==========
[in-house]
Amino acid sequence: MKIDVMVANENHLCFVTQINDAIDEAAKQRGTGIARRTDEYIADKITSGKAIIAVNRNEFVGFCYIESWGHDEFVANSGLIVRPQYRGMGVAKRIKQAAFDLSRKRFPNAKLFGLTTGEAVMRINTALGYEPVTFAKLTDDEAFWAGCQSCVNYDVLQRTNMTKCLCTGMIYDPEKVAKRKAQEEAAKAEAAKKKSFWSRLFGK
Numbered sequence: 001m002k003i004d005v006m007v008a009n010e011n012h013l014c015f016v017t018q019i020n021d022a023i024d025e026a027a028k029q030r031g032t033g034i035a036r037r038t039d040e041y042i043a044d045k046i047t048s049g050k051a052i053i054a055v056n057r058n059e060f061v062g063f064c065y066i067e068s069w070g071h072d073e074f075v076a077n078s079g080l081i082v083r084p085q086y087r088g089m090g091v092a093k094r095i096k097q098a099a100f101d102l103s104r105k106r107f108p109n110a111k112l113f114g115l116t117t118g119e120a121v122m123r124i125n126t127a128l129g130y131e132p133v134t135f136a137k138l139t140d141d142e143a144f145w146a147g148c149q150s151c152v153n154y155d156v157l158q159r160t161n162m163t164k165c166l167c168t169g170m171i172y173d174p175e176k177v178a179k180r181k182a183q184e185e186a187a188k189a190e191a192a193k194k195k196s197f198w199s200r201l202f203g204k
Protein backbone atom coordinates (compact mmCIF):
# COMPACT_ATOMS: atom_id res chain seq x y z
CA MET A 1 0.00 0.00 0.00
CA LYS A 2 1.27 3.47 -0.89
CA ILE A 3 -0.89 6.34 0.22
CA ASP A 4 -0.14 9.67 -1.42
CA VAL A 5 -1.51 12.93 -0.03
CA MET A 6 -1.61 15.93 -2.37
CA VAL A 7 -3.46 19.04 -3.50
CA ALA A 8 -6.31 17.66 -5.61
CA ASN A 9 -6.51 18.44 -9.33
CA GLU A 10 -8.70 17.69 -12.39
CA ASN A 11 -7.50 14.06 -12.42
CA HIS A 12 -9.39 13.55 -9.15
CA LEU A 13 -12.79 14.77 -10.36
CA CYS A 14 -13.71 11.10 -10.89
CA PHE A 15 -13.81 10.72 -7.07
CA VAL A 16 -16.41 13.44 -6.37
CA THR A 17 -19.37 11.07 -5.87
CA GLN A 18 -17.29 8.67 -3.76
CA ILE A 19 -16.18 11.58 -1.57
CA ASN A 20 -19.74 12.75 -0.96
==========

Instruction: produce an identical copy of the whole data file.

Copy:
[in-house]
Amino acid sequence: MKIDVMVANENHLCFVTQINDAIDEAAKQRGTGIARRTDEYIADKITSGKAIIAVNRNEFVGFCYIESWGHDEFVANSGLIVRPQYRGMGVAKRIKQAAFDLSRKRFPNAKLFGLTTGEAVMRINTALGYEPVTFAKLTDDEAFWAGCQSCVNYDVLQRTNMTKCLCTGMIYDPEKVAKRKAQEEAAKAEAAKKKSFWSRLFGK
Numbered sequence: 001m002k003i004d005v006m007v008a009n010e011n012h013l014c015f016v017t018q019i020n021d022a023i024d025e026a027a028k029q030r031g032t033g034i035a036r037r038t039d040e041y042i043a044d045k046i047t048s049g050k051a052i053i054a055v056n057r058n059e060f061v062g063f064c065y066i067e068s069w070g071h072d073e074f075v076a077n078s079g080l081i082v083r084p085q086y087r088g089m090g091v092a093k094r095i096k097q098a099a100f101d102l103s104r105k106r107f108p109n110a111k112l113f114g115l116t117t118g119e120a121v122m123r124i125n126t127a128l129g130y131e132p133v134t135f136a137k138l139t140d141d142e143a144f145w146a147g148c149q150s151c152v153n154y155d156v157l158q159r160t161n162m163t164k165c166l167c168t169g170m171i172y173d174p175e176k177v178a179k180r181k182a183q184e185e186a187a188k189a190e191a192a193k194k195k196s197f198w199s200r201l202f203g204k
Protein backbone atom coordinates (compact mmCIF):
# COMPACT_ATOMS: atom_id res chain seq x y z
CA MET A 1 0.00 0.00 0.00
CA LYS A 2 1.27 3.47 -0.89
CA ILE A 3 -0.89 6.34 0.22
CA ASP A 4 -0.14 9.67 -1.42
CA VAL A 5 -1.51 12.93 -0.03
CA MET A 6 -1.61 15.93 -2.37
CA VAL A 7 -3.46 19.04 -3.50
CA ALA A 8 -6.31 17.66 -5.61
CA ASN A 9 -6.51 18.44 -9.33
CA GLU A 10 -8.70 17.69 -12.39
CA ASN A 11 -7.50 14.06 -12.42
CA HIS A 12 -9.39 13.55 -9.15
CA LEU A 13 -12.79 14.77 -10.36
CA CYS A 14 -13.71 11.10 -10.89
CA PHE A 15 -13.81 10.72 -7.07
CA VAL A 16 -16.41 13.44 -6.37
CA THR A 17 -19.37 11.07 -5.87
CA GLN A 18 -17.29 8.67 -3.76
CA ILE A 19 -16.18 11.58 -1.57
CA ASN A 20 -19.74 12.75 -0.96